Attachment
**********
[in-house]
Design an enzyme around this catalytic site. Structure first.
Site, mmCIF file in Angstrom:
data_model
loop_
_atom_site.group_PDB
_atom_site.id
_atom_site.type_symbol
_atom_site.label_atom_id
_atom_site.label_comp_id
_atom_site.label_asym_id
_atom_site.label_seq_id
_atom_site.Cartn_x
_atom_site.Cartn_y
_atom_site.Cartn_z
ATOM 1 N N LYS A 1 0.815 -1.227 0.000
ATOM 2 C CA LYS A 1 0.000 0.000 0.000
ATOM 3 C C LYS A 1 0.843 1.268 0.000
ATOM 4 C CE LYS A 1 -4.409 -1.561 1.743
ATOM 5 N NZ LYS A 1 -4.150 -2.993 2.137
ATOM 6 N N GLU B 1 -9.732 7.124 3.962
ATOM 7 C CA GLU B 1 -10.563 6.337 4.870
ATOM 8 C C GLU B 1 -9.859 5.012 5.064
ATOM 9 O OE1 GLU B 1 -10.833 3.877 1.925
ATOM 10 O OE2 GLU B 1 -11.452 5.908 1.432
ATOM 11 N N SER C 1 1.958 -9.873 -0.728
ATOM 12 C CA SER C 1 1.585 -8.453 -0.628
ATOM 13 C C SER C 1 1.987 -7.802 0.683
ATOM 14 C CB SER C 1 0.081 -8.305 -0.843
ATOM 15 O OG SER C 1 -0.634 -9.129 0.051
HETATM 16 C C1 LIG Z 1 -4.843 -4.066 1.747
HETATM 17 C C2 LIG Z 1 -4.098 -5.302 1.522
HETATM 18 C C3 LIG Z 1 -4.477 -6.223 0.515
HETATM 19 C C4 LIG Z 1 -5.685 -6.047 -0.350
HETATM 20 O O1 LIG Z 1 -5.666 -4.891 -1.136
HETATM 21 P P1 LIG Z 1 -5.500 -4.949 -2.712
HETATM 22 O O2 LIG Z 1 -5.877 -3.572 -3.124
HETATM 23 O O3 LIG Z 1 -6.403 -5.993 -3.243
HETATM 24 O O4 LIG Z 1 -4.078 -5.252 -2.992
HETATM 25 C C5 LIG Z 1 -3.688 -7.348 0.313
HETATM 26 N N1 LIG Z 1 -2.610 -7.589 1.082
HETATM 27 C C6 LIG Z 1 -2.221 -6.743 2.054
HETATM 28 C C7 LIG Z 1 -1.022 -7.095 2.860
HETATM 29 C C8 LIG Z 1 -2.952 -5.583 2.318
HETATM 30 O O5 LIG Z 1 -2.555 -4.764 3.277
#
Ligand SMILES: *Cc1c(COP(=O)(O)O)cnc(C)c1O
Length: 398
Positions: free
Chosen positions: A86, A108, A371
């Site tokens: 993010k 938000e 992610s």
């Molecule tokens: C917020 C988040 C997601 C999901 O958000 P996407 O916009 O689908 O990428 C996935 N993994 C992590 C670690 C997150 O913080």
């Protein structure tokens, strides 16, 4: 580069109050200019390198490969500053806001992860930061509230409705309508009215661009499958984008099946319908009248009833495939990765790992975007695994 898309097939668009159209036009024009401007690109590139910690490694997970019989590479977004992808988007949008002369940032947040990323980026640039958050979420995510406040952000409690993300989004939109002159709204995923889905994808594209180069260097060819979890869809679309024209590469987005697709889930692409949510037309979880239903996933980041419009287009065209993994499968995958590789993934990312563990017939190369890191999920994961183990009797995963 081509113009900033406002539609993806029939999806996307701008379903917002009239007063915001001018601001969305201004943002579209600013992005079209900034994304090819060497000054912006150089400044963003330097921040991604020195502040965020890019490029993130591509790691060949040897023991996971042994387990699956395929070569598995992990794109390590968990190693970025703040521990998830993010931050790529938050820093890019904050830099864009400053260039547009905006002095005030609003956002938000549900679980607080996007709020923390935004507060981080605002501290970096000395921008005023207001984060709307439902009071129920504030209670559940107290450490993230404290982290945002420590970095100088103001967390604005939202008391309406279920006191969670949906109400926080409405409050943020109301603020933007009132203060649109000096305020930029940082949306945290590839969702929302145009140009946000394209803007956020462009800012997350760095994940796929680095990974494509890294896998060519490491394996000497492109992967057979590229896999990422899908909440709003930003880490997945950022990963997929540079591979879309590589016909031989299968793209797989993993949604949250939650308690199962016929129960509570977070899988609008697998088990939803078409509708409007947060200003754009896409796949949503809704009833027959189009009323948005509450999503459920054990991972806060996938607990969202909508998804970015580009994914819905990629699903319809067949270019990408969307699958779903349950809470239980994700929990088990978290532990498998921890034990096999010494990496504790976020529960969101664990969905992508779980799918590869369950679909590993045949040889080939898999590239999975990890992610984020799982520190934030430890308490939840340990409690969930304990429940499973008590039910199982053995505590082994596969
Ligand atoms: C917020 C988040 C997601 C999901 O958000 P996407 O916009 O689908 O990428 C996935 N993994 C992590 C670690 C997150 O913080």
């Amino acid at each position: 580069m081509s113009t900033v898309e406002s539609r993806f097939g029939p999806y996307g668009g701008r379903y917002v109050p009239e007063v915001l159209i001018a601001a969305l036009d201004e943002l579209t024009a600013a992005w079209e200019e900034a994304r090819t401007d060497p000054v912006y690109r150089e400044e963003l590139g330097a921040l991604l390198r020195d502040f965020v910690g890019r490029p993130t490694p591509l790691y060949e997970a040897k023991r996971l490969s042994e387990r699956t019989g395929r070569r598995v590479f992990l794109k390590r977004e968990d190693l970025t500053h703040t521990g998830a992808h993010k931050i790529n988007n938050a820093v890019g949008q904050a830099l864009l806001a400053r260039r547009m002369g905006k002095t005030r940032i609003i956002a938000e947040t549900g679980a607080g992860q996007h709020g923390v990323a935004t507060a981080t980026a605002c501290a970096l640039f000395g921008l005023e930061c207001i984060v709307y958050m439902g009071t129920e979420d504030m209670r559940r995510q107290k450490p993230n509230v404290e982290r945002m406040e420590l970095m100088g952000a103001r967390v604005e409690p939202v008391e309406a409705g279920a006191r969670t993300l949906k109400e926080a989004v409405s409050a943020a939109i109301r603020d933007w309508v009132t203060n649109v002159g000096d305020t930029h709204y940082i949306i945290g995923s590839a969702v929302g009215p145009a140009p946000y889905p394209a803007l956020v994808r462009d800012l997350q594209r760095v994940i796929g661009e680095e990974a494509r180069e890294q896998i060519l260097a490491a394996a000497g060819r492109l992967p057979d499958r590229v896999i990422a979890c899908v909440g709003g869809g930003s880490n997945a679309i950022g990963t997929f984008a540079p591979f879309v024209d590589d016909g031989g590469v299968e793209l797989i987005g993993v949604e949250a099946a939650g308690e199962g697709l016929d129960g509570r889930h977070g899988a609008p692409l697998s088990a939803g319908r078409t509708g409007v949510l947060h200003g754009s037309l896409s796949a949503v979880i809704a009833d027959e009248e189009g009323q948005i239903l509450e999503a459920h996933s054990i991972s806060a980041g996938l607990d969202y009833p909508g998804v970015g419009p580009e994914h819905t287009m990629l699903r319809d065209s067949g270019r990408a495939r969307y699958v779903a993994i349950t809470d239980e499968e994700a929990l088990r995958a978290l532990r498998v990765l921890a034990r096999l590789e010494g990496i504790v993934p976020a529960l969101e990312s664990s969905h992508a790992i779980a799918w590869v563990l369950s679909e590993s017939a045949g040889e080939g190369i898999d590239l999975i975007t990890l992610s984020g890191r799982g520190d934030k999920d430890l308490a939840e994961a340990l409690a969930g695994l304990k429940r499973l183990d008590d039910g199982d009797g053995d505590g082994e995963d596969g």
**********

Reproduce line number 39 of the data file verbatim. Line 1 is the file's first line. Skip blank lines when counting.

HETATM 24 O O4 LIG Z 1 -4.078 -5.252 -2.992